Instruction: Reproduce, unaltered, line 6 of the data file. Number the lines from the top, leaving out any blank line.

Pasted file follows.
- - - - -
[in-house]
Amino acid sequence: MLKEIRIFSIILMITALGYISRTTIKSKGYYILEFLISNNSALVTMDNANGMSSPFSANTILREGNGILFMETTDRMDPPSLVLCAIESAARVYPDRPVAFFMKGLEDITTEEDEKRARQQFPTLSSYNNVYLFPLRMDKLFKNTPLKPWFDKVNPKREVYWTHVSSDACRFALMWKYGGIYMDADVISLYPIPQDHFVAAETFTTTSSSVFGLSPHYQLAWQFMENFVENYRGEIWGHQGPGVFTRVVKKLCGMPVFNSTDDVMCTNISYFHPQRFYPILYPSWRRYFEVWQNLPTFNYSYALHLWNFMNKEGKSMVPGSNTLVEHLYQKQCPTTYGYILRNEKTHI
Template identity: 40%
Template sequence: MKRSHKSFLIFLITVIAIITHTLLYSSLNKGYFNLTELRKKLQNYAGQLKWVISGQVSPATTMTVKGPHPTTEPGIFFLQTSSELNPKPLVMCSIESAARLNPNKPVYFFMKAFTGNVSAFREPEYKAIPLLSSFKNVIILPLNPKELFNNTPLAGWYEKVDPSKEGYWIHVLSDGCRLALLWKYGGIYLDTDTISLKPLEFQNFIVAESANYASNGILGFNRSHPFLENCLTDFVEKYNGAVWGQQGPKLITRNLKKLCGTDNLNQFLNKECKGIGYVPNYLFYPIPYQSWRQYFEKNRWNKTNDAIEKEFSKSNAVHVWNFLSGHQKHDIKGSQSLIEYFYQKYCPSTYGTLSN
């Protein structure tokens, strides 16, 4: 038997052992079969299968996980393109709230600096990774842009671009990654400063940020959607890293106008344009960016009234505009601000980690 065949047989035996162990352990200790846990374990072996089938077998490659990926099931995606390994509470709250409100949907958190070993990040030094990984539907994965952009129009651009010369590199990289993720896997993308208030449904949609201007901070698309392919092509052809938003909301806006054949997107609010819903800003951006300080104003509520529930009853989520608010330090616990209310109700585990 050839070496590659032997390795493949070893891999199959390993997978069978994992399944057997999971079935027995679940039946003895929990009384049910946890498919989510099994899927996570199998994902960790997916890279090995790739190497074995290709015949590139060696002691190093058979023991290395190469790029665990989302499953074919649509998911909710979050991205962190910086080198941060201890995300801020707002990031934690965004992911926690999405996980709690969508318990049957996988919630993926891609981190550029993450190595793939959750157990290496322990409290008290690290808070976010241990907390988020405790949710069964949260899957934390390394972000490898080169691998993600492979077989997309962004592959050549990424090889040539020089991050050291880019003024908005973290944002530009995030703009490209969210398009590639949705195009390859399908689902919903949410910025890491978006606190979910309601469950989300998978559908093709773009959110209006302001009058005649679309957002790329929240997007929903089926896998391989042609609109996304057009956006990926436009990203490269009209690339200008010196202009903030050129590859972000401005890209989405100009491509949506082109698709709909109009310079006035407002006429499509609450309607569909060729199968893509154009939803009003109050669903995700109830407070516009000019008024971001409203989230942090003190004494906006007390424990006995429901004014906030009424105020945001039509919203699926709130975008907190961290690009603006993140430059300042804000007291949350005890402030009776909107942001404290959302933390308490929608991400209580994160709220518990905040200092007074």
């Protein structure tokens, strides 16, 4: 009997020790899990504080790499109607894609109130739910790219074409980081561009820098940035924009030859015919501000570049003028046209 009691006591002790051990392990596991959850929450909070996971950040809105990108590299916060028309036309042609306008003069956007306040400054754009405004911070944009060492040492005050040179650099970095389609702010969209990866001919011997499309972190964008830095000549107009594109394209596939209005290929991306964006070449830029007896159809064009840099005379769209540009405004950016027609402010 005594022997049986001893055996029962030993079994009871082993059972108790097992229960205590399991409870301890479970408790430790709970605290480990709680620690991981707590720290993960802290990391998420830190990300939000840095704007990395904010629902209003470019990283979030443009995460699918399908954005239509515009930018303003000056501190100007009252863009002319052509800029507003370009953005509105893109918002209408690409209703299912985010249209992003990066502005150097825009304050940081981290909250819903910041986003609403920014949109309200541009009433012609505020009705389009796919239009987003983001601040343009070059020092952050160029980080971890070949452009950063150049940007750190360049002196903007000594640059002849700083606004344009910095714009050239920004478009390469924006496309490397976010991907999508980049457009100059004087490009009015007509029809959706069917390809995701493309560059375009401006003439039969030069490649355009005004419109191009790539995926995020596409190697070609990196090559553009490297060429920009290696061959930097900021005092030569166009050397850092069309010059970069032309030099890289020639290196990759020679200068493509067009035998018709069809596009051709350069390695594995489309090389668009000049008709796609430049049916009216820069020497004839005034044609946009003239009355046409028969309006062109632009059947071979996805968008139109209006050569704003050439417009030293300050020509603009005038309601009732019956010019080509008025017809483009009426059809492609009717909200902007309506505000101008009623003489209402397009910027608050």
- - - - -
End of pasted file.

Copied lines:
């Protein structure tokens, strides 16, 4: 009997020790899990504080790499109607894609109130739910790219074409980081561009820098940035924009030859015919501000570049003028046209 009691006591002790051990392990596991959850929450909070996971950040809105990108590299916060028309036309042609306008003069956007306040400054754009405004911070944009060492040492005050040179650099970095389609702010969209990866001919011997499309972190964008830095000549107009594109394209596939209005290929991306964006070449830029007896159809064009840099005379769209540009405004950016027609402010 005594022997049986001893055996029962030993079994009871082993059972108790097992229960205590399991409870301890479970408790430790709970605290480990709680620690991981707590720290993960802290990391998420830190990300939000840095704007990395904010629902209003470019990283979030443009995460699918399908954005239509515009930018303003000056501190100007009252863009002319052509800029507003370009953005509105893109918002209408690409209703299912985010249209992003990066502005150097825009304050940081981290909250819903910041986003609403920014949109309200541009009433012609505020009705389009796919239009987003983001601040343009070059020092952050160029980080971890070949452009950063150049940007750190360049002196903007000594640059002849700083606004344009910095714009050239920004478009390469924006496309490397976010991907999508980049457009100059004087490009009015007509029809959706069917390809995701493309560059375009401006003439039969030069490649355009005004419109191009790539995926995020596409190697070609990196090559553009490297060429920009290696061959930097900021005092030569166009050397850092069309010059970069032309030099890289020639290196990759020679200068493509067009035998018709069809596009051709350069390695594995489309090389668009000049008709796609430049049916009216820069020497004839005034044609946009003239009355046409028969309006062109632009059947071979996805968008139109209006050569704003050439417009030293300050020509603009005038309601009732019956010019080509008025017809483009009426059809492609009717909200902007309506505000101008009623003489209402397009910027608050």